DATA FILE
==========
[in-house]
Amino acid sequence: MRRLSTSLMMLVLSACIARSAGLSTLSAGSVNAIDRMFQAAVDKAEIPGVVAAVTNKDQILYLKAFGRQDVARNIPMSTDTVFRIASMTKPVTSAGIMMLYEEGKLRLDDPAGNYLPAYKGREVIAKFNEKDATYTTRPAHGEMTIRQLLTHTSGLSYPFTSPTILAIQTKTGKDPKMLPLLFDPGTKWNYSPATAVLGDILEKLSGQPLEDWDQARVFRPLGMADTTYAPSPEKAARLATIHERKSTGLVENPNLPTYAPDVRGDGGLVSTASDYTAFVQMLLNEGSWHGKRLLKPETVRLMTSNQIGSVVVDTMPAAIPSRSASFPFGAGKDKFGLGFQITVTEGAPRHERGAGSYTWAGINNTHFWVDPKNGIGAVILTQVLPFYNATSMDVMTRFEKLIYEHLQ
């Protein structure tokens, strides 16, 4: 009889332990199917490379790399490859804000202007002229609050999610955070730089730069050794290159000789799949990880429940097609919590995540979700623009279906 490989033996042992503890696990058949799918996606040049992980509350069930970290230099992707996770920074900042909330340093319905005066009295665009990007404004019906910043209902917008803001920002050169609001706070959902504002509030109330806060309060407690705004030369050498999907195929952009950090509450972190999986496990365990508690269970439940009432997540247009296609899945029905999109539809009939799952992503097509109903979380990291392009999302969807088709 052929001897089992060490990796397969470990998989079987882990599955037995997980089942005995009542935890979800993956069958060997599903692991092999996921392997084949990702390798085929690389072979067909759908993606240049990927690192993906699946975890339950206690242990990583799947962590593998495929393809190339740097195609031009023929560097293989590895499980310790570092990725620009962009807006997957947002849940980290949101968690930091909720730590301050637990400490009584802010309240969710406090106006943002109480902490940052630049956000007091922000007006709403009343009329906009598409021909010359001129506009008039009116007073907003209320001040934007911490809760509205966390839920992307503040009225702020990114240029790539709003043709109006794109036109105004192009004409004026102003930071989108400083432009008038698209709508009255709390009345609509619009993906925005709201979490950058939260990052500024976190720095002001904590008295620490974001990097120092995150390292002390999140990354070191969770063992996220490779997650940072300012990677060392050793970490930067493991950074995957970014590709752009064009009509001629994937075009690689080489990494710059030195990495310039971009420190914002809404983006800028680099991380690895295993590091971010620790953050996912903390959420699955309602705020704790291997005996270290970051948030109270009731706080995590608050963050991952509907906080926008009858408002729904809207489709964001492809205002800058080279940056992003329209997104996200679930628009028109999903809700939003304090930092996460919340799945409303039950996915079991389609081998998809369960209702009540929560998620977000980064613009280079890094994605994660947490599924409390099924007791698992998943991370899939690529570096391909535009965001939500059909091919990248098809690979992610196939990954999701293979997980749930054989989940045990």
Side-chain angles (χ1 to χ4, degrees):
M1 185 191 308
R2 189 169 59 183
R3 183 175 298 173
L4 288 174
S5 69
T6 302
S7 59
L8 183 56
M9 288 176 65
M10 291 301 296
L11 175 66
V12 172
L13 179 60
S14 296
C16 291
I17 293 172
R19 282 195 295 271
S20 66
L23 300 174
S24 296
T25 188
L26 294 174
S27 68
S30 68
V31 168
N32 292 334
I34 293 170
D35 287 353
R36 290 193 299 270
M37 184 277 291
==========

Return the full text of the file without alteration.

[in-house]
Amino acid sequence: MRRLSTSLMMLVLSACIARSAGLSTLSAGSVNAIDRMFQAAVDKAEIPGVVAAVTNKDQILYLKAFGRQDVARNIPMSTDTVFRIASMTKPVTSAGIMMLYEEGKLRLDDPAGNYLPAYKGREVIAKFNEKDATYTTRPAHGEMTIRQLLTHTSGLSYPFTSPTILAIQTKTGKDPKMLPLLFDPGTKWNYSPATAVLGDILEKLSGQPLEDWDQARVFRPLGMADTTYAPSPEKAARLATIHERKSTGLVENPNLPTYAPDVRGDGGLVSTASDYTAFVQMLLNEGSWHGKRLLKPETVRLMTSNQIGSVVVDTMPAAIPSRSASFPFGAGKDKFGLGFQITVTEGAPRHERGAGSYTWAGINNTHFWVDPKNGIGAVILTQVLPFYNATSMDVMTRFEKLIYEHLQ
């Protein structure tokens, strides 16, 4: 009889332990199917490379790399490859804000202007002229609050999610955070730089730069050794290159000789799949990880429940097609919590995540979700623009279906 490989033996042992503890696990058949799918996606040049992980509350069930970290230099992707996770920074900042909330340093319905005066009295665009990007404004019906910043209902917008803001920002050169609001706070959902504002509030109330806060309060407690705004030369050498999907195929952009950090509450972190999986496990365990508690269970439940009432997540247009296609899945029905999109539809009939799952992503097509109903979380990291392009999302969807088709 052929001897089992060490990796397969470990998989079987882990599955037995997980089942005995009542935890979800993956069958060997599903692991092999996921392997084949990702390798085929690389072979067909759908993606240049990927690192993906699946975890339950206690242990990583799947962590593998495929393809190339740097195609031009023929560097293989590895499980310790570092990725620009962009807006997957947002849940980290949101968690930091909720730590301050637990400490009584802010309240969710406090106006943002109480902490940052630049956000007091922000007006709403009343009329906009598409021909010359001129506009008039009116007073907003209320001040934007911490809760509205966390839920992307503040009225702020990114240029790539709003043709109006794109036109105004192009004409004026102003930071989108400083432009008038698209709508009255709390009345609509619009993906925005709201979490950058939260990052500024976190720095002001904590008295620490974001990097120092995150390292002390999140990354070191969770063992996220490779997650940072300012990677060392050793970490930067493991950074995957970014590709752009064009009509001629994937075009690689080489990494710059030195990495310039971009420190914002809404983006800028680099991380690895295993590091971010620790953050996912903390959420699955309602705020704790291997005996270290970051948030109270009731706080995590608050963050991952509907906080926008009858408002729904809207489709964001492809205002800058080279940056992003329209997104996200679930628009028109999903809700939003304090930092996460919340799945409303039950996915079991389609081998998809369960209702009540929560998620977000980064613009280079890094994605994660947490599924409390099924007791698992998943991370899939690529570096391909535009965001939500059909091919990248098809690979992610196939990954999701293979997980749930054989989940045990």
Side-chain angles (χ1 to χ4, degrees):
M1 185 191 308
R2 189 169 59 183
R3 183 175 298 173
L4 288 174
S5 69
T6 302
S7 59
L8 183 56
M9 288 176 65
M10 291 301 296
L11 175 66
V12 172
L13 179 60
S14 296
C16 291
I17 293 172
R19 282 195 295 271
S20 66
L23 300 174
S24 296
T25 188
L26 294 174
S27 68
S30 68
V31 168
N32 292 334
I34 293 170
D35 287 353
R36 290 193 299 270
M37 184 277 291